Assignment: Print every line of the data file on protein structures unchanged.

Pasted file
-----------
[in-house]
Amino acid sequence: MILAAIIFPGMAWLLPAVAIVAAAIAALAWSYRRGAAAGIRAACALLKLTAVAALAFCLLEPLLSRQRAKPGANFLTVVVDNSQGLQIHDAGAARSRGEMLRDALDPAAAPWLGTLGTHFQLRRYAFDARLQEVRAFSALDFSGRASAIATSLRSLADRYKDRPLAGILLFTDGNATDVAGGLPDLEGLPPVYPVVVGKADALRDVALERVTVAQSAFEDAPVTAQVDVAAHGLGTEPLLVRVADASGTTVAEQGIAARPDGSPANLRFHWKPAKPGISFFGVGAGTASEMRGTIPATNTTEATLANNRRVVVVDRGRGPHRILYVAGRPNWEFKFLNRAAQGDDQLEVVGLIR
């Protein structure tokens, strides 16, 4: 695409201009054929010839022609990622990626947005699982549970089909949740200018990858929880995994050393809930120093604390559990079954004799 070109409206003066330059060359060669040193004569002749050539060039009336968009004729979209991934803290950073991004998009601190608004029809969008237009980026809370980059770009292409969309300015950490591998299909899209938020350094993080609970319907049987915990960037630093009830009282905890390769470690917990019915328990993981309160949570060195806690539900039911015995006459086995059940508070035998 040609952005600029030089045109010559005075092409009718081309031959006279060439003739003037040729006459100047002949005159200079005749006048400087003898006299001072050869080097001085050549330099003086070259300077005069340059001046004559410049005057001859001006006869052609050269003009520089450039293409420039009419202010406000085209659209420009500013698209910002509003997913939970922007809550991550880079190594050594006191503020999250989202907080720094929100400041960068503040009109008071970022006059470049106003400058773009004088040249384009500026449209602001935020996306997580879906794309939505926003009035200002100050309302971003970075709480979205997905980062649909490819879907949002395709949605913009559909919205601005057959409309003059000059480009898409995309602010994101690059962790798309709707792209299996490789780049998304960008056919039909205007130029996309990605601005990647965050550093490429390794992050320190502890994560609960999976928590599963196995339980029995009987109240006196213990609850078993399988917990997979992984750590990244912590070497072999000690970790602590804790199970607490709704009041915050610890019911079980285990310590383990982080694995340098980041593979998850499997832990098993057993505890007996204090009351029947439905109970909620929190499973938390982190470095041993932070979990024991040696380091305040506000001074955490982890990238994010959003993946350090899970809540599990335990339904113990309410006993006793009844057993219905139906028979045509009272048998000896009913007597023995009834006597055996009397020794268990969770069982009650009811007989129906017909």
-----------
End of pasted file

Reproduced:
[in-house]
Amino acid sequence: MILAAIIFPGMAWLLPAVAIVAAAIAALAWSYRRGAAAGIRAACALLKLTAVAALAFCLLEPLLSRQRAKPGANFLTVVVDNSQGLQIHDAGAARSRGEMLRDALDPAAAPWLGTLGTHFQLRRYAFDARLQEVRAFSALDFSGRASAIATSLRSLADRYKDRPLAGILLFTDGNATDVAGGLPDLEGLPPVYPVVVGKADALRDVALERVTVAQSAFEDAPVTAQVDVAAHGLGTEPLLVRVADASGTTVAEQGIAARPDGSPANLRFHWKPAKPGISFFGVGAGTASEMRGTIPATNTTEATLANNRRVVVVDRGRGPHRILYVAGRPNWEFKFLNRAAQGDDQLEVVGLIR
């Protein structure tokens, strides 16, 4: 695409201009054929010839022609990622990626947005699982549970089909949740200018990858929880995994050393809930120093604390559990079954004799 070109409206003066330059060359060669040193004569002749050539060039009336968009004729979209991934803290950073991004998009601190608004029809969008237009980026809370980059770009292409969309300015950490591998299909899209938020350094993080609970319907049987915990960037630093009830009282905890390769470690917990019915328990993981309160949570060195806690539900039911015995006459086995059940508070035998 040609952005600029030089045109010559005075092409009718081309031959006279060439003739003037040729006459100047002949005159200079005749006048400087003898006299001072050869080097001085050549330099003086070259300077005069340059001046004559410049005057001859001006006869052609050269003009520089450039293409420039009419202010406000085209659209420009500013698209910002509003997913939970922007809550991550880079190594050594006191503020999250989202907080720094929100400041960068503040009109008071970022006059470049106003400058773009004088040249384009500026449209602001935020996306997580879906794309939505926003009035200002100050309302971003970075709480979205997905980062649909490819879907949002395709949605913009559909919205601005057959409309003059000059480009898409995309602010994101690059962790798309709707792209299996490789780049998304960008056919039909205007130029996309990605601005990647965050550093490429390794992050320190502890994560609960999976928590599963196995339980029995009987109240006196213990609850078993399988917990997979992984750590990244912590070497072999000690970790602590804790199970607490709704009041915050610890019911079980285990310590383990982080694995340098980041593979998850499997832990098993057993505890007996204090009351029947439905109970909620929190499973938390982190470095041993932070979990024991040696380091305040506000001074955490982890990238994010959003993946350090899970809540599990335990339904113990309410006993006793009844057993219905139906028979045509009272048998000896009913007597023995009834006597055996009397020794268990969770069982009650009811007989129906017909």